The Davis County auditor Tuesday denied charges she has abused her office, saying they are part of a politically motivated attack, and vowed to continue in her role as the county's fiscal watchdog.
Auditor Ruth Kennington also said she has retained an attorney at her own expense and is seeking legal guidance on how to continue to carry out the duties assigned to her under state law.Charging that Kennington had abused her office and failed to carry out her duties, the three county commissioners last week announced she was being relieved of her internal-auditing duties, which will be turned over to a private accounting firm.
And, the commissioners voted Monday to eliminate the funding for one internal-auditor position in Kennington's office, in effect firing auditor Jim Larson. Larson used county time and equipment to compose faked letters to editors of various weekly and daily newspapers defending Kennington, the commissioners said, with Kennington's knowledge.
"I categorically and unequivocally deny any wrongdoing, criminal or civil," Kennington said in a statement released Tuesday afternoon. "If I am guilty of anything, I am guilty of doing my job. An auditor who is the watchdog for public expenditures is never popular with those whom she audits."
Kennington said Commissioner Harold Tippetts, defeated for re-election in the September primary election, is bitter and trying to blame his loss on her.
She said his "most recent charges against me, made only in the press and not in any other forum, show him to be bitter, vindictive and mean-spirited."
She called Tippetts' charges against her "simply preposterous. His most recent tirade in the press is a sign of a bitter man whose sole purpose appears to be pulling others down into muck and mire with him."
"It is a shame that a man of such high stature in county government should stoop so low," Kennington said.
The battle between Kennington and the commissioners has been going on for more than a year, almost since she took office in January 1987.
The commissioners say they have repeatedly asked Kennington to perform internal audits on all county departments, in addition to carrying out her duties as the county's chief budget officer.
Kennington, however, maintains the commissioners have refused to supply her with the necessary personnel or equipment to do the job.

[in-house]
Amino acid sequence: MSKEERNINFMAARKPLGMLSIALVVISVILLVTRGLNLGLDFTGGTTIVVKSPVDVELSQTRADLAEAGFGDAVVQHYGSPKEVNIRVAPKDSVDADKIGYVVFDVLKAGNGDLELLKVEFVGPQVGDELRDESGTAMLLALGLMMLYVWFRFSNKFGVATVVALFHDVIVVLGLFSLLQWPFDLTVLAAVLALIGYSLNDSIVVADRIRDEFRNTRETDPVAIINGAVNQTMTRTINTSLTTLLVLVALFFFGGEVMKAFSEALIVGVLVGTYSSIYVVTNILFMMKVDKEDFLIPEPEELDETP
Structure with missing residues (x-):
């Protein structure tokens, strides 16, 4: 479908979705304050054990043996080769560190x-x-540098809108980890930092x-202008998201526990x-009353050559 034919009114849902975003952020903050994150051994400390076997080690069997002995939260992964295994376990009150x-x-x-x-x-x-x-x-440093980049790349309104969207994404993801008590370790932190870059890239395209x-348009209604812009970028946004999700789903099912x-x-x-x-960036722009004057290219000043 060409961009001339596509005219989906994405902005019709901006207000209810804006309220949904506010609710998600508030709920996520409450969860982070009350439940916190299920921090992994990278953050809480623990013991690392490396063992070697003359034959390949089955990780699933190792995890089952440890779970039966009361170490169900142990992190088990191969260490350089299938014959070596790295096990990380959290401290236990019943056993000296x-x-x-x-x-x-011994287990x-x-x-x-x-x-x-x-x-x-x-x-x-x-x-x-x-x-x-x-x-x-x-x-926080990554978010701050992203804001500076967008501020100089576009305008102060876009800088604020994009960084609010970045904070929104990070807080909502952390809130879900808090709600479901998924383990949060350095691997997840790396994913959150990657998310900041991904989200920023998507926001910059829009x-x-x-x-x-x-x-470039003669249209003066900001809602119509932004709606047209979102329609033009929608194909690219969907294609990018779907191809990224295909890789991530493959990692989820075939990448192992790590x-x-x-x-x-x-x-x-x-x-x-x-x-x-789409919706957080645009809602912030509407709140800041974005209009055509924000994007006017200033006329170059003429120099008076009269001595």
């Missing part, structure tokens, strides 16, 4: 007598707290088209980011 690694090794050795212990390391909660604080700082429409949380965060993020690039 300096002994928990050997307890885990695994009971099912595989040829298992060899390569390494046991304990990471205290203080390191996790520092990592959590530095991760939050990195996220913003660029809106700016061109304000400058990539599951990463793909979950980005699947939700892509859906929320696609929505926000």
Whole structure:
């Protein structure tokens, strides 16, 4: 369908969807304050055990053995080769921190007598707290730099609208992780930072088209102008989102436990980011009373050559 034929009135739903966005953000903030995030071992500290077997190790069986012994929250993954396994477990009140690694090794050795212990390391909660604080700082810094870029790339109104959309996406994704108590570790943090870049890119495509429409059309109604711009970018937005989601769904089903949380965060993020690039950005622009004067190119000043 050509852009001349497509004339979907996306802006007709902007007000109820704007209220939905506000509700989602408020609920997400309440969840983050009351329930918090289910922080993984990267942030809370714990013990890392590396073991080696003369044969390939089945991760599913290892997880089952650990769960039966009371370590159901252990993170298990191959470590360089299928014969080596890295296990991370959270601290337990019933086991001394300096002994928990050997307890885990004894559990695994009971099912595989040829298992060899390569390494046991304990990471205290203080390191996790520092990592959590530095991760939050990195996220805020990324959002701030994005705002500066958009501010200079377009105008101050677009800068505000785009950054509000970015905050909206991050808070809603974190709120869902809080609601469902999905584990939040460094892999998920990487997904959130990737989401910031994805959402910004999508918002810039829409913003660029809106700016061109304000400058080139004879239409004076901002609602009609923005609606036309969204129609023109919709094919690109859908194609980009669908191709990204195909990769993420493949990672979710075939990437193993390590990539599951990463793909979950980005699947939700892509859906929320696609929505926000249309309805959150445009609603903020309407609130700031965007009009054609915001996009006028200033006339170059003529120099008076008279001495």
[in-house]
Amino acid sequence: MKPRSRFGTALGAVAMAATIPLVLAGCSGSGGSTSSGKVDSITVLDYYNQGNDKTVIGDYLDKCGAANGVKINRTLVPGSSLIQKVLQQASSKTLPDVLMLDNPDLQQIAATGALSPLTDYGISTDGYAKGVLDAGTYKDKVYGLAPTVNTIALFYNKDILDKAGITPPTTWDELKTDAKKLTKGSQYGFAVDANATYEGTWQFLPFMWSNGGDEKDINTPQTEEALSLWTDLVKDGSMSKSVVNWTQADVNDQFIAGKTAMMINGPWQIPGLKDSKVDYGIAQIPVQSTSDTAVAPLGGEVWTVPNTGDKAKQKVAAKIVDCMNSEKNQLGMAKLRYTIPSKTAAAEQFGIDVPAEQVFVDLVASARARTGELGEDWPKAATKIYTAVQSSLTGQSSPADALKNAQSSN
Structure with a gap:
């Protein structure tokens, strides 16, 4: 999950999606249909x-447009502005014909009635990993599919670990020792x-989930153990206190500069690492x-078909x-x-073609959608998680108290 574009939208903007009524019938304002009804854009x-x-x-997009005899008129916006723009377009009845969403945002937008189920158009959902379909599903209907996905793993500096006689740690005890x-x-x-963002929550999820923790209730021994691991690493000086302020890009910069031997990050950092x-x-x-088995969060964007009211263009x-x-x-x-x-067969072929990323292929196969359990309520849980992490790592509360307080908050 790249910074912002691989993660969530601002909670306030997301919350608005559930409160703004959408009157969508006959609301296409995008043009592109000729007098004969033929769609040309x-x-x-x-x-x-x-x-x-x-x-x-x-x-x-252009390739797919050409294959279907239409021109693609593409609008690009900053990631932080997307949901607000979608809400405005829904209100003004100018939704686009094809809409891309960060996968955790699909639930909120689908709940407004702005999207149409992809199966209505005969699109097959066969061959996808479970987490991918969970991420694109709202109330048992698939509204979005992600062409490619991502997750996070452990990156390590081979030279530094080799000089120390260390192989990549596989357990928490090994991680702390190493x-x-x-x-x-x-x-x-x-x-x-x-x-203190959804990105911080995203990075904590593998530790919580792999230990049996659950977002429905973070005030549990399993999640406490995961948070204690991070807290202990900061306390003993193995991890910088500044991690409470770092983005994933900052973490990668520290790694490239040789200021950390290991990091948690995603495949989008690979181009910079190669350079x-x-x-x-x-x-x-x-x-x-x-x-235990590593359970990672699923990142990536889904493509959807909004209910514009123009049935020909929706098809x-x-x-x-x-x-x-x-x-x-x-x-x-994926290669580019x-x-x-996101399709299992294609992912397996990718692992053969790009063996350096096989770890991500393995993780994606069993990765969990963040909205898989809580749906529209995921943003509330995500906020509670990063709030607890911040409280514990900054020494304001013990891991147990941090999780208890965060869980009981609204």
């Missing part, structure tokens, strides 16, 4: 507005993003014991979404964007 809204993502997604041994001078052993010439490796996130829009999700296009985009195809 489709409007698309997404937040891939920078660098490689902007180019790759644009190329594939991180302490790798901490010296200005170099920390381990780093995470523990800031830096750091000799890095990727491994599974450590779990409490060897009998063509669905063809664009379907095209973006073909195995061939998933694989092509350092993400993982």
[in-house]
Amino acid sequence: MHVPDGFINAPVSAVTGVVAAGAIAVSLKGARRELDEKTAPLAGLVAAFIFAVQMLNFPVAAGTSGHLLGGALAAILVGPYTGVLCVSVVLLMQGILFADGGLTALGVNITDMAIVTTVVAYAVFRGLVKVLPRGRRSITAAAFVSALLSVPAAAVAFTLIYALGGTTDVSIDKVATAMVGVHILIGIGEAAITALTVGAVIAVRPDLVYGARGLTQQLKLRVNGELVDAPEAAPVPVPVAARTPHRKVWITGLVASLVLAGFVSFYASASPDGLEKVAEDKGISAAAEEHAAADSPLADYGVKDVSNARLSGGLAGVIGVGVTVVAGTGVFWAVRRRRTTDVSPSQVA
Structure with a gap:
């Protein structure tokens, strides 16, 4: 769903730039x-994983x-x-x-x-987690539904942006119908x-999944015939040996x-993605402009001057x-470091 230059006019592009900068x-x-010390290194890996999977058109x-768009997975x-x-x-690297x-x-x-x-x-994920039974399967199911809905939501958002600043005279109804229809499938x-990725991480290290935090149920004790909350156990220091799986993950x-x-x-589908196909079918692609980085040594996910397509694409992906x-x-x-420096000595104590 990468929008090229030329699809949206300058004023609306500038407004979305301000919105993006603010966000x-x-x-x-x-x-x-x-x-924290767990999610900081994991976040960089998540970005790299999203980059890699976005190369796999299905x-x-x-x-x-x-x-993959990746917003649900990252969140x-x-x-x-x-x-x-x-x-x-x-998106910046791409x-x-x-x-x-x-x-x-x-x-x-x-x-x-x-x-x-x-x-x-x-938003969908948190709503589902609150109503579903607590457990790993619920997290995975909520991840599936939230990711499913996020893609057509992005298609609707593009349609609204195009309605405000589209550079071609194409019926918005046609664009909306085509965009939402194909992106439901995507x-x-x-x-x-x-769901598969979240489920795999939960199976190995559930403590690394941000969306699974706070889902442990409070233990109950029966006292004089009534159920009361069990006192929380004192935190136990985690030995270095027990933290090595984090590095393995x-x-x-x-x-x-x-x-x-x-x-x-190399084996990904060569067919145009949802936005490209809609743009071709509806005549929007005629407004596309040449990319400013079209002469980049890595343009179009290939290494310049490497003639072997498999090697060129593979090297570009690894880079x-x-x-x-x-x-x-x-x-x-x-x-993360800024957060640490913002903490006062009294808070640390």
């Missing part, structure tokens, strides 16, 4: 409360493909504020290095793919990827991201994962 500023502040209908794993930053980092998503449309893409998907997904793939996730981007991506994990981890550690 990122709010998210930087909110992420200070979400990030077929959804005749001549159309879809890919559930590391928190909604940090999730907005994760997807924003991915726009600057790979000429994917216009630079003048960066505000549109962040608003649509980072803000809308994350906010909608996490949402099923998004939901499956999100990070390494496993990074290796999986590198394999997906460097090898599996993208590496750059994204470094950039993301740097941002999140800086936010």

In September, four days before the primary, a citizens complaint filed in 2nd District Court charged commissioners Tippetts, William Peters, and Glen Saunders, former commissioner and now interim county clerk, with several crimes, ranging from malfeasance and misuse of county funds to interfering with Kennington's duties.
Preparing their reply, the commissioners took legal depositions from Kennington and Larson, turning up the false letters-to-the-editor incidents and other instances of what the commissioners and County Attorney Mel Wilson said are abuse by Kennington of her office, duties, and county resources.
Wilson said he, in turn, is investigating possible criminal charges resulting from the information in the depositions and plans to file a court motion this week asking that the complaint be dismissed for lack of merit.
"From the time I was elected Davis County auditor and took office in January of 1987, it has been, and still is, my sole intent and purpose to perform my public duties as required by statute with dispatch, integrity and professionalism," Kennington said.
Regarding the legal complaint against the commission, Kennington publicly has denied any responsibility but, in her deposition, admitted to attending meetings with the complaint's initiators and supplying documents and information to them, according to the county attorney.
Kennington said she will make no further public statements about either the complaint or her relationship with the initiators and added she has retained the attorney to "assist and protect the county auditor's office and me from these unfounded and vile accusations."
"I am confident that the public will see this dispute between the Davis County Commission and the county auditor for what it is, a callous attempt by men in high public office to publicly discredit a fellow elected official through innuendo and false accusations.
"The citizens of Davis County entrusted me with this office and I, in turn, will trust in their good judgment," Kennington said.